WITHERNSEA ENGLAND - A DOGUE DE BORDEAUX PULLED AWAY FROM ITS FEMALE OWNER AND DISEMBOWELED A SHIH TZU "SUZIE"
Internet Picture of a Dogue de Bordeaux
The owners of a shih tzu savaged by another dog in a brutal attack say they have been left "broken" by the death of their beloved pet.
The dog, called Suzie, was "shaken like a ragdoll" by a larger dog while out on a walk with her owner in Queen Street, Withernsea, when she was attacked.
She was rushed to a vets in nearby Thorngumbald where she received emergency surgery, but there was nothing vets could do to save her and she was later put to sleep.
On Friday, Humberside Police confirmed they had seized a DOGUE DE BORDEAUX from an address in Princess Avenue in Withernsea, under the Dangerous Dogs Act, in connection with the attack but made no arrests.
Cassie Connaughton witnessed the attack, which happened at around 3pm on Wednesday, and described it as "disgusting".
"The lady with Suzie was walking across the road," she said. "The other dog was on a lead but it ran off from his owner and chased Susie around her owner, making her fall flat on her back.
"She demolished her right hind leg and just shook her around like a ragdoll. She just disembowled her by the side of the street. It was absolutely disgusting, there was blood everywhere."
She told how the owner of the larger dog, a woman, walked away from the scene with her pet, while two men ran to help Suzie.
Ms Connaughton said: "They were covered in blood. By the time it was under control, part of Suzie's intestines were hanging out and they had to be forced back into her.
"The lady just walked off without giving any of her details. It was right in the middle of town. If it had been 20 minutes later there would have been school kids coming through the area."
Miss Connaughton did not know Suzie's owners before the attack but says she has spoken to her since and said she and her husband had been left devastated.
She said: "She's been left absolutely broken. I spoke to her today and she can't finish her sentences for crying. It caused so much sadness."
Floral tributes have been left at the scene by animal lovers, while a goodwill fund set up to support the family had raised more than £250 within hours of starting up.
A spokesman for Humberside Police said: "Police have executed a warrant under Section 5(2) of the Dangerous Dogs Act 1991 at an address on Princess Avenue, Withernsea today and seized a Dog De Bordeaux.
"The warrant was executed as part of on-going enquiries into an incident in Withernsea at 3pm on Wednesday.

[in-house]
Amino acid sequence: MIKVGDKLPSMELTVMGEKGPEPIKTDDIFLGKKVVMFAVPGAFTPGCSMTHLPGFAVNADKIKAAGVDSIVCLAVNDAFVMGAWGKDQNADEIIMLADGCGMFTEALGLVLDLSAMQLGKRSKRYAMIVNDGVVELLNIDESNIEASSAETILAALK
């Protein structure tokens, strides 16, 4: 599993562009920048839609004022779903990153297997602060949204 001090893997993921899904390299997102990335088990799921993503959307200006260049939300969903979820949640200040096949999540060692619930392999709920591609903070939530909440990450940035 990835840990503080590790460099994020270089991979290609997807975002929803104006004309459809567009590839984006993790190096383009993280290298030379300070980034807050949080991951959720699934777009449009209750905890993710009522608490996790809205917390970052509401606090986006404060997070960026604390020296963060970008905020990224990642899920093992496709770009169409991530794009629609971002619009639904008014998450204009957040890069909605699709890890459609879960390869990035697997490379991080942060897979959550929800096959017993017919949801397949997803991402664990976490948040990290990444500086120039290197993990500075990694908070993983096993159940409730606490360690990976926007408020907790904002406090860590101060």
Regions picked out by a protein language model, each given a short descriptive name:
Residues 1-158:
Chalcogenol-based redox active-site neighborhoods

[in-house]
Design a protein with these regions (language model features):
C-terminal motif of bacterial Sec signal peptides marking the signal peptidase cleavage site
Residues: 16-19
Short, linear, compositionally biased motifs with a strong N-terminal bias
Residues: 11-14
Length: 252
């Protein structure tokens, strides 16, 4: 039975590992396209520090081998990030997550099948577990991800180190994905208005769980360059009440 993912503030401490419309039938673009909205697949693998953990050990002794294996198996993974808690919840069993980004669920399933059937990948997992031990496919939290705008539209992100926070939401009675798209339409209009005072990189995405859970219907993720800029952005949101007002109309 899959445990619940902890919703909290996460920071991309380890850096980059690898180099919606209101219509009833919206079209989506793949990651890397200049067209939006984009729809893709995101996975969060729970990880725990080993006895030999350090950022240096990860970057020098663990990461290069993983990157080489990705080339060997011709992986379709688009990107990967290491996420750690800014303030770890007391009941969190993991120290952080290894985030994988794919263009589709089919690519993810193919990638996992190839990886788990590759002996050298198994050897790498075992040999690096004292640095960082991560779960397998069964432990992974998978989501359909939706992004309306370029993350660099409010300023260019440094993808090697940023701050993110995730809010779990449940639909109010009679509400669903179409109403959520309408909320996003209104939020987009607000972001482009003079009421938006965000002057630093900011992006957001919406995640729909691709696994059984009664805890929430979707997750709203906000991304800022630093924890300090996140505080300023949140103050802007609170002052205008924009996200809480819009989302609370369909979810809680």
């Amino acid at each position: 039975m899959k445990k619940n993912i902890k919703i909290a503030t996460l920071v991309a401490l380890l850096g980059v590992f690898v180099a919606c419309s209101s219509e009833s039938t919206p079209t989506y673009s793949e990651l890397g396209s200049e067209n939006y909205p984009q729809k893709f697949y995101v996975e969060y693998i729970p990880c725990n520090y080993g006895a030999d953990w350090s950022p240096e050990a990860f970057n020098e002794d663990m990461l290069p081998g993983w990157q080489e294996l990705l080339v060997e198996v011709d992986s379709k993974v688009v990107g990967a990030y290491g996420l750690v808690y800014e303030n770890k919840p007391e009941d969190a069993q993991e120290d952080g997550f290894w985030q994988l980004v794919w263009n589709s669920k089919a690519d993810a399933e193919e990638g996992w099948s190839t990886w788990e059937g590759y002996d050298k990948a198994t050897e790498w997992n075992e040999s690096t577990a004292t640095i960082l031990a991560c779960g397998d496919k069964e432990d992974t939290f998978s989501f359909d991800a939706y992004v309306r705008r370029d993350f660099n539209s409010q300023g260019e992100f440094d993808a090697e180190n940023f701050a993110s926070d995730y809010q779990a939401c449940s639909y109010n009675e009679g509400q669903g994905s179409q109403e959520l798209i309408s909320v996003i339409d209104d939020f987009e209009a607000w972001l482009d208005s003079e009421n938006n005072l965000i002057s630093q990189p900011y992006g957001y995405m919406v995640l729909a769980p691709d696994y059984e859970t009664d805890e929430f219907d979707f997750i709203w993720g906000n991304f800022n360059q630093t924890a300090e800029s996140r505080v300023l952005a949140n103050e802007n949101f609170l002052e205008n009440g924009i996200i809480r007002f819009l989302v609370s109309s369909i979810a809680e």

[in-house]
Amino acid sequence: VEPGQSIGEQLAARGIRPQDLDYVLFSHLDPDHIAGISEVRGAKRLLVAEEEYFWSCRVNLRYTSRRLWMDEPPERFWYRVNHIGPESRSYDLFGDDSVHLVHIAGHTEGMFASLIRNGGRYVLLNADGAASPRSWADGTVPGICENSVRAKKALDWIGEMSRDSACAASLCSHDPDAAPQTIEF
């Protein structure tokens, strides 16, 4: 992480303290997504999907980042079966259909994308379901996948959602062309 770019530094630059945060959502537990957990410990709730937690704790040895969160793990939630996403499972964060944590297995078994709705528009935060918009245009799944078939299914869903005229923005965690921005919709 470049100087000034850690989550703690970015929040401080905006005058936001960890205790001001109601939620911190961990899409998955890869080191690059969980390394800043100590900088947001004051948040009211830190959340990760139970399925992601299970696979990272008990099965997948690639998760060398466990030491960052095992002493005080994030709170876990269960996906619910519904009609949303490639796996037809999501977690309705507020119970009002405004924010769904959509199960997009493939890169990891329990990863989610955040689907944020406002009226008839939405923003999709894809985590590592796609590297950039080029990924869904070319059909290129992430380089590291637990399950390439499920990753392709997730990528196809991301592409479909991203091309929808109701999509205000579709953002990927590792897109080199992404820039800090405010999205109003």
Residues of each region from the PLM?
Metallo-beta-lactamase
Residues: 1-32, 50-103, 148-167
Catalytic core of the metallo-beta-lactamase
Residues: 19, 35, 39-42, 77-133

"During the incident, a woman was walking her Shitzu when a much larger dog knocked her over before attacking the Shitzu. The owner of the larger dog – another woman - left the area with her dog without providing details.
The French Mastiff is also known as the Dogue de Bordeaux. It is considered one of the more ancient of the French breeds. The Dogue de Bordeaux is most likely a mix of the English molosser (pugnaces Britanniae) and the Roman molosser (canis pugnaces), originating in the period when French Bordeaux was ruled by English kings (1203 – 1453) – who brought their own ferocious bull-, bear- and horse-baiting molossers (then called bulldogs) with them. Some fans argue that the breed also has some Tibetan Mastiff mixed in. In any event, the French Mastiff was one of the European molosser types that were developed and used for baiting large animals and for dogfighting, as well as for attacking wild animals during a hunt. The French Mastiff, like many breeds, almost died out during the second world war, but was salvaged after the war by fans of dogfighting. Present day Dogues de Bordeaux all descend from ten breeding pairs that were left after WWII.
As with all of what we now call ‘breeds’, the Dogues de Bordeaux was just a regional variation of the many molosser types. It originally resembled the Cane Corso. As dog shows came into fashion in the 19th century, English Mastiff blood was again added to get the look of the Dogue de Bordeaux as we know it today. Despite being introduced in the United States in the 1890’s, the French Mastiff remains relatively rare. They gained some popularity in 1989 when one was featured in the film “Turner and Hooch”. The breed standard was reworded in 1993 in the hope of getting kennel club recognition, and this fighting molosser was finally accepted by the American Kennel Club in 2008. The Dogues de Bordeaux officially became a ‘breed’........READ MORE: